Our club basketball teams are an extension of our player development program. Players in our program who reach Level 2 and Level 3 have the opportunity to be selected into our club teams, who will play competitive games against other club teams.

Holistic Player Development


  • Be in a program where player development is the priority and every player can reach their potential, whatever that is, and not get lost in the shuffle of playing games and putting training on the back burner.
  • Be in a program where health is a point of emphasis, and athletic development and skill development work hand-in-hand to produce strong, durable athletes while avoiding the grind of tournaments where players play multiple games in a day.
  • Be in a program where teams at different levels understand the same system, and things are streamlined because the emphasis is on players making decisions, not running an abundance of plays.
  • Be in a program where players can learn to prepare and scout for opponents with film, with time in between games.
claim free workout session


Is it travel basketball?

It is similar from the standpoint that it is a club team that will play other club teams, some of which play in travel tournaments. However, travel basketball, often termed AAU for its association with that league, typically involves playing tournaments on weekends, whereas our club teams will host games in our facilities.

How is it different?

1) Our goal first and foremost is to develop basketball players. In our player development program, we have three levels of players, Level 1, Level 2, and Level 3. Players who play in the NLBYDL will still spend just as much or more time doing skills training. What we often see is that development takes a back seat role in travel basketball, and youth basketball more broadly. Our goal is that players have room to develop and grow into their ceiling, whatever that may be.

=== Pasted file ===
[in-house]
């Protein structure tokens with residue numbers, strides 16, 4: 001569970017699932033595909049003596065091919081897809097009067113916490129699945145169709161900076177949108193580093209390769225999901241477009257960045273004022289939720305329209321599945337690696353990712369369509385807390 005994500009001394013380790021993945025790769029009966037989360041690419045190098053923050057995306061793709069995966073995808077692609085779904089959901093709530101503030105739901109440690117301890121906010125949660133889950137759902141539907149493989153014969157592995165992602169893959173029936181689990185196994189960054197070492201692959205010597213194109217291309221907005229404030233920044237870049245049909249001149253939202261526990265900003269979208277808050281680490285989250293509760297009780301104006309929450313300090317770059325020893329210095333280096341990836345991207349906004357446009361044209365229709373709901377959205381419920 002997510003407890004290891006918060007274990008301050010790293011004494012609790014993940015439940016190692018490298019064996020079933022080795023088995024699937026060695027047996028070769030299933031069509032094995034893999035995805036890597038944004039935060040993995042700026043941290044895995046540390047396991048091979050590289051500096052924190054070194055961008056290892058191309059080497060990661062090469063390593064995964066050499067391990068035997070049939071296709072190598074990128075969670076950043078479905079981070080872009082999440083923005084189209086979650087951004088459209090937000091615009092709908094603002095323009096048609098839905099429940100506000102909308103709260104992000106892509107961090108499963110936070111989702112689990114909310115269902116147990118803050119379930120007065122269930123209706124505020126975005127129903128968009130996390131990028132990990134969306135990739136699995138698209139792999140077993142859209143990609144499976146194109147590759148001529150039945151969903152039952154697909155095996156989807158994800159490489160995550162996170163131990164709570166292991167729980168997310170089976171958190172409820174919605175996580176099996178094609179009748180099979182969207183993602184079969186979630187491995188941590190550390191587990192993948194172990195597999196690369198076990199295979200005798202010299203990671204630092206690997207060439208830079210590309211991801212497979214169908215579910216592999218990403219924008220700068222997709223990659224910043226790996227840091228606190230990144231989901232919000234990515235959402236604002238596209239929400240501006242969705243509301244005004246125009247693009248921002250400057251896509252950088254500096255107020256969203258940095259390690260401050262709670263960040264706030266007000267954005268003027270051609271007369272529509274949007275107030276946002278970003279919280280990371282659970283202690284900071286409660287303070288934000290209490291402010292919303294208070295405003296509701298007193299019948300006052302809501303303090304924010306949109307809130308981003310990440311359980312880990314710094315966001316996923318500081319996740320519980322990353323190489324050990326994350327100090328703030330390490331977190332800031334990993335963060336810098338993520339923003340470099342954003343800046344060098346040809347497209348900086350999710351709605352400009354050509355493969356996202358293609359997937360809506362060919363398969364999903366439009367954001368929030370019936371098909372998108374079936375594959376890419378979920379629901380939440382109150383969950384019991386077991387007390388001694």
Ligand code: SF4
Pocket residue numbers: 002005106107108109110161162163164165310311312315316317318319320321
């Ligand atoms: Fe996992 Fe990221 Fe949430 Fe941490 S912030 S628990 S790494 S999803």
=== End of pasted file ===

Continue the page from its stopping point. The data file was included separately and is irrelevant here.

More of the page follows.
2) We want to safeguard player health. Since young players have maturing nervous and musculoskeletal systems, playing sports can potentially put them at risk for injury. This is why being attentive to rates of load in training and recovery is important (Emmet, Roberts, and Yao 2018). Some legal scholars have questioned this quandary from an ethical standpoint and spoken about the need to educate parents and coaches on this matter (Friesen et al. 2018).

These concerns contradict a travel basketball system that could include a practice schedule in addition to a tournament style of scheduling, which includes 3 to 5 games over a two-day time span.

Players who participate in the NLBYDL will not play more than one game per week during the regular season, and will only play in a tournament on occasion.

Since players in the NLBYDL are members of our player development program, they participate in athletic development sessions on days they do not train to safely enhance their movement skills and technique while building strength, good indicators of durability.

How do you play?

All of our players speak the same language and learn a conceptual offense that gives them a deep understanding of the game so that they can be prepared to read, react, and run the same actions that will be asked of them in high-level prep, college, or professional basketball.

Growing with an organization and other players is more suitable than changing teams often in search of a playing situation, often stunting development.

The fundamentals of decision-making and seeing the game multiple passes away is a pillar of our player development program and the way we train, so translating this to competitive games is the natural progression.

When do they play?

During the regular season, players will play a game every other week or every week, depending on their level, with a mid-season break for more practice time. This also allows for a component of preparation, like film study and scouting.

All you need to do to be eligible is join our player development program!

So what about Level 1 players?

Our level 1 players, in every age group, will participate in 3-on-3 tournaments once a month, in addition to the experience they get in their skill development sessions. These games are a bit shorter than regulation games. We choose 3-on-3 for this level because the game is simplified to a few decisions, and players can handle the ball and make those decisions more often than if they were playing 5-on-5.

Our decisions are based on what is best for the player in the long run and not focused on short-term satisfaction.

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